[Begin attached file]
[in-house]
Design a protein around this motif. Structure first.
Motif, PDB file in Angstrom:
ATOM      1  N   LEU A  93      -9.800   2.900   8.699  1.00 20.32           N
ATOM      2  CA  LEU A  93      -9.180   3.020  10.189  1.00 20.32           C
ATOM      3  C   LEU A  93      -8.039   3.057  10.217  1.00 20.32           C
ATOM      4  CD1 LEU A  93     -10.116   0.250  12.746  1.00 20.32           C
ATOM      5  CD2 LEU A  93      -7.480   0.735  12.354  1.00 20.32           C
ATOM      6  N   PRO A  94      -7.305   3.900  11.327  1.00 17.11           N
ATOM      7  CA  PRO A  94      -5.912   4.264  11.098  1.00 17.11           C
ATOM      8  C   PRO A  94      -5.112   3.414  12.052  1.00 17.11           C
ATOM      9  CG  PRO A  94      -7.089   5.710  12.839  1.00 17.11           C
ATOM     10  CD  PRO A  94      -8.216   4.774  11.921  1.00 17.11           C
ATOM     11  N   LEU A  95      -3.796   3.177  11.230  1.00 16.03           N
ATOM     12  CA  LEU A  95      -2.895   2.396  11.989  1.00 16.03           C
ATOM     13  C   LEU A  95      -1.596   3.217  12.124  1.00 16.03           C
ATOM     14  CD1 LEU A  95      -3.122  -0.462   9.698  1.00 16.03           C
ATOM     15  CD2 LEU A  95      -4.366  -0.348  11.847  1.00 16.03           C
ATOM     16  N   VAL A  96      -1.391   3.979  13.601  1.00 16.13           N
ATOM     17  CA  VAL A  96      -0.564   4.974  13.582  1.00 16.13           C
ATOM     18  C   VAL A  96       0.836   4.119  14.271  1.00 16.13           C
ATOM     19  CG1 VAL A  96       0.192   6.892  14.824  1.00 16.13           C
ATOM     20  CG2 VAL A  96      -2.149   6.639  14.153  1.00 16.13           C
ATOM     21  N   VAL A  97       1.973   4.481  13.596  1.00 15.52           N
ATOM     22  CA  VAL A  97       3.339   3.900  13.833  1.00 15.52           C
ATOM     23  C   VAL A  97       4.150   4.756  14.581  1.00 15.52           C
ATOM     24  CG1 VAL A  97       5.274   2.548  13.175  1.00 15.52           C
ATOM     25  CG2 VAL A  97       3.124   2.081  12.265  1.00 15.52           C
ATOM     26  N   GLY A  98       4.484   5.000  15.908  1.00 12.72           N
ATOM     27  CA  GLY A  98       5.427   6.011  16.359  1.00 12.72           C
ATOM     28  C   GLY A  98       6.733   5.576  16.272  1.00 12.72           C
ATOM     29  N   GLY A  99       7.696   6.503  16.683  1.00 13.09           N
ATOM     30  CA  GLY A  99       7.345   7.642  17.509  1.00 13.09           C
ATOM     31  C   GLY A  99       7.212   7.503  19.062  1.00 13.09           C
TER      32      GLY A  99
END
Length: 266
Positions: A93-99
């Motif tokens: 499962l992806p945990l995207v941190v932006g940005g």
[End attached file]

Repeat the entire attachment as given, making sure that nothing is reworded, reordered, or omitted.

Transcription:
[in-house]
Design a protein around this motif. Structure first.
Motif, PDB file in Angstrom:
ATOM      1  N   LEU A  93      -9.800   2.900   8.699  1.00 20.32           N
ATOM      2  CA  LEU A  93      -9.180   3.020  10.189  1.00 20.32           C
ATOM      3  C   LEU A  93      -8.039   3.057  10.217  1.00 20.32           C
ATOM      4  CD1 LEU A  93     -10.116   0.250  12.746  1.00 20.32           C
ATOM      5  CD2 LEU A  93      -7.480   0.735  12.354  1.00 20.32           C
ATOM      6  N   PRO A  94      -7.305   3.900  11.327  1.00 17.11           N
ATOM      7  CA  PRO A  94      -5.912   4.264  11.098  1.00 17.11           C
ATOM      8  C   PRO A  94      -5.112   3.414  12.052  1.00 17.11           C
ATOM      9  CG  PRO A  94      -7.089   5.710  12.839  1.00 17.11           C
ATOM     10  CD  PRO A  94      -8.216   4.774  11.921  1.00 17.11           C
ATOM     11  N   LEU A  95      -3.796   3.177  11.230  1.00 16.03           N
ATOM     12  CA  LEU A  95      -2.895   2.396  11.989  1.00 16.03           C
ATOM     13  C   LEU A  95      -1.596   3.217  12.124  1.00 16.03           C
ATOM     14  CD1 LEU A  95      -3.122  -0.462   9.698  1.00 16.03           C
ATOM     15  CD2 LEU A  95      -4.366  -0.348  11.847  1.00 16.03           C
ATOM     16  N   VAL A  96      -1.391   3.979  13.601  1.00 16.13           N
ATOM     17  CA  VAL A  96      -0.564   4.974  13.582  1.00 16.13           C
ATOM     18  C   VAL A  96       0.836   4.119  14.271  1.00 16.13           C
ATOM     19  CG1 VAL A  96       0.192   6.892  14.824  1.00 16.13           C
ATOM     20  CG2 VAL A  96      -2.149   6.639  14.153  1.00 16.13           C
ATOM     21  N   VAL A  97       1.973   4.481  13.596  1.00 15.52           N
ATOM     22  CA  VAL A  97       3.339   3.900  13.833  1.00 15.52           C
ATOM     23  C   VAL A  97       4.150   4.756  14.581  1.00 15.52           C
ATOM     24  CG1 VAL A  97       5.274   2.548  13.175  1.00 15.52           C
ATOM     25  CG2 VAL A  97       3.124   2.081  12.265  1.00 15.52           C
ATOM     26  N   GLY A  98       4.484   5.000  15.908  1.00 12.72           N
ATOM     27  CA  GLY A  98       5.427   6.011  16.359  1.00 12.72           C
ATOM     28  C   GLY A  98       6.733   5.576  16.272  1.00 12.72           C
ATOM     29  N   GLY A  99       7.696   6.503  16.683  1.00 13.09           N
ATOM     30  CA  GLY A  99       7.345   7.642  17.509  1.00 13.09           C
ATOM     31  C   GLY A  99       7.212   7.503  19.062  1.00 13.09           C
TER      32      GLY A  99
END
Length: 266
Positions: A93-99
């Motif tokens: 499962l992806p945990l995207v941190v932006g940005g």